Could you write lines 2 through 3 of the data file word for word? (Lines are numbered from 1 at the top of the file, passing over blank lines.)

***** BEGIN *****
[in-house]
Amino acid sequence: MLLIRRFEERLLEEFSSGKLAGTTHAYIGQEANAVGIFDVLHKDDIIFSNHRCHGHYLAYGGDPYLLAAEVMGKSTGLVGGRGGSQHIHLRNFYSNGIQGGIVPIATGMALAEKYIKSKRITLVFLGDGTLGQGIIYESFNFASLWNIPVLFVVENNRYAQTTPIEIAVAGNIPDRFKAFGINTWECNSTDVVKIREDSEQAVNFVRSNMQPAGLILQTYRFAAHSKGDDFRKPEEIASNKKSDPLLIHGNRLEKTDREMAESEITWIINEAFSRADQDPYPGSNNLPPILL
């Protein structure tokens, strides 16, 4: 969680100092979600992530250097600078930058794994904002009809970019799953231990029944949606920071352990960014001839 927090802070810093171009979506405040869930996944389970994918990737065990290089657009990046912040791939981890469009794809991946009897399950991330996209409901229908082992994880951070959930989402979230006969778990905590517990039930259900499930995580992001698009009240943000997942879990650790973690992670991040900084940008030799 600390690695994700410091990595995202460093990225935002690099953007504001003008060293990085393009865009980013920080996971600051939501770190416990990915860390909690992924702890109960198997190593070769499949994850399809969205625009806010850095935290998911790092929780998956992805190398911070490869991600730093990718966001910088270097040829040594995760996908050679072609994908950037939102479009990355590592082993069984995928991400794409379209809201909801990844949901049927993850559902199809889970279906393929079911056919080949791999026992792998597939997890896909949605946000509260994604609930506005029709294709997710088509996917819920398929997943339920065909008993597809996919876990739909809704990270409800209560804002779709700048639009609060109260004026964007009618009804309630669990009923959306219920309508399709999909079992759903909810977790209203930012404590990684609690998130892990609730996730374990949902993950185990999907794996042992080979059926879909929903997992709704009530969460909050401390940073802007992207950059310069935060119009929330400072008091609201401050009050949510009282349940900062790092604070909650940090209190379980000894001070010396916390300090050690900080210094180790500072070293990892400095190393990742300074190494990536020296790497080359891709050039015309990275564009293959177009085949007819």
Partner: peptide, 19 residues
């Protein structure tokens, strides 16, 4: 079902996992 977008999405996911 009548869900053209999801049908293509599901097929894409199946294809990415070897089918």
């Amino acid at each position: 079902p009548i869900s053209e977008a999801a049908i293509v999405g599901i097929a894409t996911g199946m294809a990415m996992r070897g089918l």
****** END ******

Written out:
Amino acid sequence: MLLIRRFEERLLEEFSSGKLAGTTHAYIGQEANAVGIFDVLHKDDIIFSNHRCHGHYLAYGGDPYLLAAEVMGKSTGLVGGRGGSQHIHLRNFYSNGIQGGIVPIATGMALAEKYIKSKRITLVFLGDGTLGQGIIYESFNFASLWNIPVLFVVENNRYAQTTPIEIAVAGNIPDRFKAFGINTWECNSTDVVKIREDSEQAVNFVRSNMQPAGLILQTYRFAAHSKGDDFRKPEEIASNKKSDPLLIHGNRLEKTDREMAESEITWIINEAFSRADQDPYPGSNNLPPILL
């Protein structure tokens, strides 16, 4: 969680100092979600992530250097600078930058794994904002009809970019799953231990029944949606920071352990960014001839 927090802070810093171009979506405040869930996944389970994918990737065990290089657009990046912040791939981890469009794809991946009897399950991330996209409901229908082992994880951070959930989402979230006969778990905590517990039930259900499930995580992001698009009240943000997942879990650790973690992670991040900084940008030799 600390690695994700410091990595995202460093990225935002690099953007504001003008060293990085393009865009980013920080996971600051939501770190416990990915860390909690992924702890109960198997190593070769499949994850399809969205625009806010850095935290998911790092929780998956992805190398911070490869991600730093990718966001910088270097040829040594995760996908050679072609994908950037939102479009990355590592082993069984995928991400794409379209809201909801990844949901049927993850559902199809889970279906393929079911056919080949791999026992792998597939997890896909949605946000509260994604609930506005029709294709997710088509996917819920398929997943339920065909008993597809996919876990739909809704990270409800209560804002779709700048639009609060109260004026964007009618009804309630669990009923959306219920309508399709999909079992759903909810977790209203930012404590990684609690998130892990609730996730374990949902993950185990999907794996042992080979059926879909929903997992709704009530969460909050401390940073802007992207950059310069935060119009929330400072008091609201401050009050949510009282349940900062790092604070909650940090209190379980000894001070010396916390300090050690900080210094180790500072070293990892400095190393990742300074190494990536020296790497080359891709050039015309990275564009293959177009085949007819």